Leadership Development: Me First

30 December, 2015

I have worked with many leaders over the years that earnestly want to help develop their current and future leaders. They care about the success of the organization and the personal success of those individuals who comprise the organization. Before bringing in all the line managers of a firm to tell them what they need to develop, I would suggest that we start with the leader. Leaders who model what I call a “Me First” attitude are trailblazers. They show people that they are committed to being their personal best first, before asking others to jump on board.

What are the characteristics of “Me First” leaders?

“Me First” leaders are servants. They are willing to be vulnerable and real with their teams. The actions of “Me First” leaders portray the following attitudes:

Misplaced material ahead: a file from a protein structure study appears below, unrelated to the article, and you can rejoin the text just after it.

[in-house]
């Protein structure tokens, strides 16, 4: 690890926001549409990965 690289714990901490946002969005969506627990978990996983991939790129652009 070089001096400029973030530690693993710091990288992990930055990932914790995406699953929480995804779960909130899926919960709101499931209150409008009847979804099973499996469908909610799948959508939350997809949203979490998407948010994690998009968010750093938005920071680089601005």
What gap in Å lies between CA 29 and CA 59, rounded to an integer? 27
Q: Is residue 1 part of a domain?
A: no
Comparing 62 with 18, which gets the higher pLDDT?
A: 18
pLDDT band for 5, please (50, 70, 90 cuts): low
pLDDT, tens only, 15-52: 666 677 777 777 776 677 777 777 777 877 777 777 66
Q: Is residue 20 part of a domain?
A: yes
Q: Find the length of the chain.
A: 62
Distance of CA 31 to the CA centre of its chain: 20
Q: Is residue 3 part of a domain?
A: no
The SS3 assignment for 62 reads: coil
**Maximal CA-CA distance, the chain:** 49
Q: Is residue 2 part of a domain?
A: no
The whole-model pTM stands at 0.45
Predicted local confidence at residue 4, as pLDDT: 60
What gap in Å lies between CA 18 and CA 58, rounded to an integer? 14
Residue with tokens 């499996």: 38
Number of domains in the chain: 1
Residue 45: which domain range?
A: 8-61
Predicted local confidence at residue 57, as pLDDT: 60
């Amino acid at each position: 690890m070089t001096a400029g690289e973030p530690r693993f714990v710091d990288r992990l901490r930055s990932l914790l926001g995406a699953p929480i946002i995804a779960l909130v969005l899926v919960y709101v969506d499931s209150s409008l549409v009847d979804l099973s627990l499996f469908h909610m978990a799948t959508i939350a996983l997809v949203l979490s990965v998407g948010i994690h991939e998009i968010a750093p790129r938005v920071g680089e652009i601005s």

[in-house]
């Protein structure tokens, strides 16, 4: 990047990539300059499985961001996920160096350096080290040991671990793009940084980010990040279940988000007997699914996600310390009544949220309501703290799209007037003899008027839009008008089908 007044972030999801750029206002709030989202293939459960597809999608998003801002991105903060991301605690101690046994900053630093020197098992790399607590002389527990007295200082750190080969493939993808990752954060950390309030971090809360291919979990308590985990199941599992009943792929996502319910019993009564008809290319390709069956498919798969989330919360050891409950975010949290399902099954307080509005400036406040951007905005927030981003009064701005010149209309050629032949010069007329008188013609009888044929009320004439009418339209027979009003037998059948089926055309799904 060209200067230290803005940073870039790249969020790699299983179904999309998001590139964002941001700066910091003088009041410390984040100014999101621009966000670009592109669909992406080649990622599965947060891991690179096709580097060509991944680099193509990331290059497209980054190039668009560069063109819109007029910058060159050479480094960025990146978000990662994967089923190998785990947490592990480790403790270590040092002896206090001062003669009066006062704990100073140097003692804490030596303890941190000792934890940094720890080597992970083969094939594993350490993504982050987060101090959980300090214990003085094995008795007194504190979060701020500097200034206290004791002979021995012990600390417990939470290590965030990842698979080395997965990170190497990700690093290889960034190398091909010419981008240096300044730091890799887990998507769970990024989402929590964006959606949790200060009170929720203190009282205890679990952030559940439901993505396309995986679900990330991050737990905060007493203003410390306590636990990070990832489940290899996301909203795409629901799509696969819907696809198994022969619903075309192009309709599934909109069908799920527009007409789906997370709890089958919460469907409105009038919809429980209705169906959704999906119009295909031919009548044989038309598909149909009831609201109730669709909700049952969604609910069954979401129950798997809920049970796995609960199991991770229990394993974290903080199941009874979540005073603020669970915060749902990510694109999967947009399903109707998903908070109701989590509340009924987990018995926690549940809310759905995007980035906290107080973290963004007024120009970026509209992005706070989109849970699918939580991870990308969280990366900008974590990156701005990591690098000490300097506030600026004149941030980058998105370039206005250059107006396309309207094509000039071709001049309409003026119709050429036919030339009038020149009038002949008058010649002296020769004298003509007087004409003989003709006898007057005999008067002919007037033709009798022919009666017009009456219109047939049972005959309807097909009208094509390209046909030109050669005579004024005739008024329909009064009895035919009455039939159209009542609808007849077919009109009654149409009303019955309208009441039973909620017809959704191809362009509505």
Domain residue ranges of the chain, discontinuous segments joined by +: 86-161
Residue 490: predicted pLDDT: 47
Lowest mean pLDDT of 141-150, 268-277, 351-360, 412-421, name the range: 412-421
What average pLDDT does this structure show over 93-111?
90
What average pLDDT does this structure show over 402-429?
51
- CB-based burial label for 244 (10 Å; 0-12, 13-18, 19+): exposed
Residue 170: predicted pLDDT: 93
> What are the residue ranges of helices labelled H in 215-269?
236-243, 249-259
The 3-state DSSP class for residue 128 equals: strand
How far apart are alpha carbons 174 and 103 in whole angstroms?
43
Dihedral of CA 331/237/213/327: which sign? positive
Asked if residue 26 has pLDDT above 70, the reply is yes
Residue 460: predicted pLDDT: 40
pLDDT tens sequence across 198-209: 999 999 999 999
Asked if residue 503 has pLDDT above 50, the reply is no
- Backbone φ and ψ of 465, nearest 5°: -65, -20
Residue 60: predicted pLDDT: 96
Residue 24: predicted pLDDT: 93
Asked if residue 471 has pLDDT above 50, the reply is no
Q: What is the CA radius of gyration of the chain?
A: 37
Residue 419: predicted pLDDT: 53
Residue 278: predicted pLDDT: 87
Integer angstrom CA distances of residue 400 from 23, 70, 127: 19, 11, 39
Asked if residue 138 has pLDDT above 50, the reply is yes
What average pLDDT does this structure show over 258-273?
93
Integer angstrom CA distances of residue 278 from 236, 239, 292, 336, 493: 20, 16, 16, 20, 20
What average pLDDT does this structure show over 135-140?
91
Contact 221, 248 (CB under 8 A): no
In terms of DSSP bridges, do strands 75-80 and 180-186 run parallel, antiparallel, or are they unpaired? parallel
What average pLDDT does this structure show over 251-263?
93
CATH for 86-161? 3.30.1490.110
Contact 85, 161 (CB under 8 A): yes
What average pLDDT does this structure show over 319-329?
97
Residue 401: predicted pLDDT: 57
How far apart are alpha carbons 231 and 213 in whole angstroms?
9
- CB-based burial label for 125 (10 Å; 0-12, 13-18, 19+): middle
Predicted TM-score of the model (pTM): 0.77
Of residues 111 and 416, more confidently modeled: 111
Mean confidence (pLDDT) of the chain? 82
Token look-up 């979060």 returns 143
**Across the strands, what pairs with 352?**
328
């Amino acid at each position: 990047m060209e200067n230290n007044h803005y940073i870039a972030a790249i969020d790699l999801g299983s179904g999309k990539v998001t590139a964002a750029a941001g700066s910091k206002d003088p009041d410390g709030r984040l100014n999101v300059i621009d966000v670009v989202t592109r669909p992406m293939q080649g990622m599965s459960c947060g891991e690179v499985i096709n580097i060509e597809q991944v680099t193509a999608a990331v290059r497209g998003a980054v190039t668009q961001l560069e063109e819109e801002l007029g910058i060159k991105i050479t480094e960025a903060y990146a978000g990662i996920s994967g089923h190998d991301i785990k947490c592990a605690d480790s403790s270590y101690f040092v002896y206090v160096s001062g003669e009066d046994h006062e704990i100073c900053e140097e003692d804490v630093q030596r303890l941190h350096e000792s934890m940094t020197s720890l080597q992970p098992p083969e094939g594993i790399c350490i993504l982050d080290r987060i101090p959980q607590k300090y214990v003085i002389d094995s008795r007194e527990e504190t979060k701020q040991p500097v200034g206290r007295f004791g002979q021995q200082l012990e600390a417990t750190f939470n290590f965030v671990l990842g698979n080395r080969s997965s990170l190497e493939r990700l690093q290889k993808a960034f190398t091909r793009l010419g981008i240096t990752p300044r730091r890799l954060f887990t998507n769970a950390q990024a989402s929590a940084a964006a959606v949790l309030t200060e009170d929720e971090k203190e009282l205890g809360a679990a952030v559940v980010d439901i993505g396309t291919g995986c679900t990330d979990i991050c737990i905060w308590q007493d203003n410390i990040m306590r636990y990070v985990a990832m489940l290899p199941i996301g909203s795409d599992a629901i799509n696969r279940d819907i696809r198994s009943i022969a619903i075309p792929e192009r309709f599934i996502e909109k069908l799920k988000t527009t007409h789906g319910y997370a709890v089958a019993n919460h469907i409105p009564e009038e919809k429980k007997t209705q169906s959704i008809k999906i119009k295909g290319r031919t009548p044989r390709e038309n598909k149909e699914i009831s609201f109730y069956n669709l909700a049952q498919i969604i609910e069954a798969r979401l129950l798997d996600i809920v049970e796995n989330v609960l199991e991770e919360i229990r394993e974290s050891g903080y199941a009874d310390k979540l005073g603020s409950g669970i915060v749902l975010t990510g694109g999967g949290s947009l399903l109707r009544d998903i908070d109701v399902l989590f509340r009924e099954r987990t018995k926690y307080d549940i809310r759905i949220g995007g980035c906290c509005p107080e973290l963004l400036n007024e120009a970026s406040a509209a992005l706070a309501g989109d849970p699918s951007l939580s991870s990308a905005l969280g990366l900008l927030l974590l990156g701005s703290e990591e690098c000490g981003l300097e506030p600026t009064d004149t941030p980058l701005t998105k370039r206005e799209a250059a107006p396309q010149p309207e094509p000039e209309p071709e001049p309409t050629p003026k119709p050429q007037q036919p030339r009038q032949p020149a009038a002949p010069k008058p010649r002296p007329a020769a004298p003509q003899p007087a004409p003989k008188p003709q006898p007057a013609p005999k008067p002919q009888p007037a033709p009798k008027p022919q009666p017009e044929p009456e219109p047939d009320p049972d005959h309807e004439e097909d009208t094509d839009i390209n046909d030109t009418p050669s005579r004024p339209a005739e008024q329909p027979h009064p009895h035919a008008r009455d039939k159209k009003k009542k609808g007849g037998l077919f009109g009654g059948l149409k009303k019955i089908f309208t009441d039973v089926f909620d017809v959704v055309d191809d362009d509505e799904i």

• I am real.
  • I am human and therefore, I am flawed.
  • I am committed.
  • I will work hard.
  • I care.
  • I will not ask you to do something that I am unwilling to do myself.
  • I will model the way.
  • I invite you to take this journey with me.

In working with our clients, we always suggest the executives go first. As we work together to build leadership development plans and processes, we ask that leaders not just tell people what to do but to show them and involve them in the leader’s personal development. This “Me First” attitude engages others in an organization in a much more meaningful way.

At Dorsey Management Consulting, we help our clients learn new skills and expand their leadership capacity to better lead their organizations into the future. We help leadership teams learn how to work together more effectively and efficiently, enabling them to make sound and timely decisions in pursuit of achieving greater success. We partner with our clients to design and build succession plans and develop their future leaders. We coach executives to achieve higher self-awareness and better leaders of people. We do this in service of learning, helping each of our clients become better versions of themselves and achieving organizational goals.